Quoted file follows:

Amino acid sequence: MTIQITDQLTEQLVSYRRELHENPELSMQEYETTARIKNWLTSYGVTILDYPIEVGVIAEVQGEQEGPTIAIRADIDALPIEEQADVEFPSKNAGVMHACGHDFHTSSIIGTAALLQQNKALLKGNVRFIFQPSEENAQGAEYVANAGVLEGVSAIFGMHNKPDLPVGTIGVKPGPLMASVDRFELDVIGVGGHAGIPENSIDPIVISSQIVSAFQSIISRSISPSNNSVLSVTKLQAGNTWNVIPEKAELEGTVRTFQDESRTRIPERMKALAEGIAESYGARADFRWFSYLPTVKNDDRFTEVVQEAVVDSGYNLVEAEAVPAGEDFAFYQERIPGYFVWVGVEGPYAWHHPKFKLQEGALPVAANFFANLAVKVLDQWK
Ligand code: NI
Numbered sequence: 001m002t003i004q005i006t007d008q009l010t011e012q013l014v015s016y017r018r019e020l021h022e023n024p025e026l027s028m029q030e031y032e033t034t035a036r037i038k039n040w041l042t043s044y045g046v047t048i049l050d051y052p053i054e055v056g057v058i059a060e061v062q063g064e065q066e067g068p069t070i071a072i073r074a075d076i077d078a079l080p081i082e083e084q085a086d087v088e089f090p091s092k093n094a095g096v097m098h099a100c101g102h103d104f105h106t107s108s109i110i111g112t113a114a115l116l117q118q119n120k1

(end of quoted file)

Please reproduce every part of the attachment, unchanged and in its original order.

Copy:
Amino acid sequence: MTIQITDQLTEQLVSYRRELHENPELSMQEYETTARIKNWLTSYGVTILDYPIEVGVIAEVQGEQEGPTIAIRADIDALPIEEQADVEFPSKNAGVMHACGHDFHTSSIIGTAALLQQNKALLKGNVRFIFQPSEENAQGAEYVANAGVLEGVSAIFGMHNKPDLPVGTIGVKPGPLMASVDRFELDVIGVGGHAGIPENSIDPIVISSQIVSAFQSIISRSISPSNNSVLSVTKLQAGNTWNVIPEKAELEGTVRTFQDESRTRIPERMKALAEGIAESYGARADFRWFSYLPTVKNDDRFTEVVQEAVVDSGYNLVEAEAVPAGEDFAFYQERIPGYFVWVGVEGPYAWHHPKFKLQEGALPVAANFFANLAVKVLDQWK
Ligand code: NI
Numbered sequence: 001m002t003i004q005i006t007d008q009l010t011e012q013l014v015s016y017r018r019e020l021h022e023n024p025e026l027s028m029q030e031y032e033t034t035a036r037i038k039n040w041l042t043s044y045g046v047t048i049l050d051y052p053i054e055v056g057v058i059a060e061v062q063g064e065q066e067g068p069t070i071a072i073r074a075d076i077d078a079l080p081i082e083e084q085a086d087v088e089f090p091s092k093n094a095g096v097m098h099a100c101g102h103d104f105h106t107s108s109i110i111g112t113a114a115l116l117q118q119n120k1